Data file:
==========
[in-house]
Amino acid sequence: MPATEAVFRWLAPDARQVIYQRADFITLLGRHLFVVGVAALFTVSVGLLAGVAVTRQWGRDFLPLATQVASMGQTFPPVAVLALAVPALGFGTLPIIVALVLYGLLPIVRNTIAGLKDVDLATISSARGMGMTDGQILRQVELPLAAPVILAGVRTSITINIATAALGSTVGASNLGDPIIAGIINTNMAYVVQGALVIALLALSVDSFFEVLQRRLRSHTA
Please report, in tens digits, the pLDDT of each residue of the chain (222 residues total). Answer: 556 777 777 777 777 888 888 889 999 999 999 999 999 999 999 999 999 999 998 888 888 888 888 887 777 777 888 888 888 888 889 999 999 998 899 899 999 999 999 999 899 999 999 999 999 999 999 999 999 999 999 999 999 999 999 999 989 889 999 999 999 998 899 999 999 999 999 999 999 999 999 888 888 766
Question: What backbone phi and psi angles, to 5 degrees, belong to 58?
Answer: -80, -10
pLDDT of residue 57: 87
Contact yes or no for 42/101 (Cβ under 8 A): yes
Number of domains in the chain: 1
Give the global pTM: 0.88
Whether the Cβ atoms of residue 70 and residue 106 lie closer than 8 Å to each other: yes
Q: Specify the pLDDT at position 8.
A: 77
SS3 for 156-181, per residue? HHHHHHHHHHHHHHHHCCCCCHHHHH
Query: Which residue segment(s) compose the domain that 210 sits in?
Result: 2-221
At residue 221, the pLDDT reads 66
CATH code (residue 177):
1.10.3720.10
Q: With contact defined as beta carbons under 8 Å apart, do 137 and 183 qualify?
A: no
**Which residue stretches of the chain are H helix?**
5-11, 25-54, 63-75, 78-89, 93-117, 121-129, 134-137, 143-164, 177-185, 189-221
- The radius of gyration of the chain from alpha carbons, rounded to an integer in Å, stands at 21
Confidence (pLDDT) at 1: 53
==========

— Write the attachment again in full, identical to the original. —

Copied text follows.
[in-house]
Amino acid sequence: MPATEAVFRWLAPDARQVIYQRADFITLLGRHLFVVGVAALFTVSVGLLAGVAVTRQWGRDFLPLATQVASMGQTFPPVAVLALAVPALGFGTLPIIVALVLYGLLPIVRNTIAGLKDVDLATISSARGMGMTDGQILRQVELPLAAPVILAGVRTSITINIATAALGSTVGASNLGDPIIAGIINTNMAYVVQGALVIALLALSVDSFFEVLQRRLRSHTA
Please report, in tens digits, the pLDDT of each residue of the chain (222 residues total). Answer: 556 777 777 777 777 888 888 889 999 999 999 999 999 999 999 999 999 999 998 888 888 888 888 887 777 777 888 888 888 888 889 999 999 998 899 899 999 999 999 999 899 999 999 999 999 999 999 999 999 999 999 999 999 999 999 999 989 889 999 999 999 998 899 999 999 999 999 999 999 999 999 888 888 766
Question: What backbone phi and psi angles, to 5 degrees, belong to 58?
Answer: -80, -10
pLDDT of residue 57: 87
Contact yes or no for 42/101 (Cβ under 8 A): yes
Number of domains in the chain: 1
Give the global pTM: 0.88
Whether the Cβ atoms of residue 70 and residue 106 lie closer than 8 Å to each other: yes
Q: Specify the pLDDT at position 8.
A: 77
SS3 for 156-181, per residue? HHHHHHHHHHHHHHHHCCCCCHHHHH
Query: Which residue segment(s) compose the domain that 210 sits in?
Result: 2-221
At residue 221, the pLDDT reads 66
CATH code (residue 177):
1.10.3720.10
Q: With contact defined as beta carbons under 8 Å apart, do 137 and 183 qualify?
A: no
**Which residue stretches of the chain are H helix?**
5-11, 25-54, 63-75, 78-89, 93-117, 121-129, 134-137, 143-164, 177-185, 189-221
- The radius of gyration of the chain from alpha carbons, rounded to an integer in Å, stands at 21
Confidence (pLDDT) at 1: 53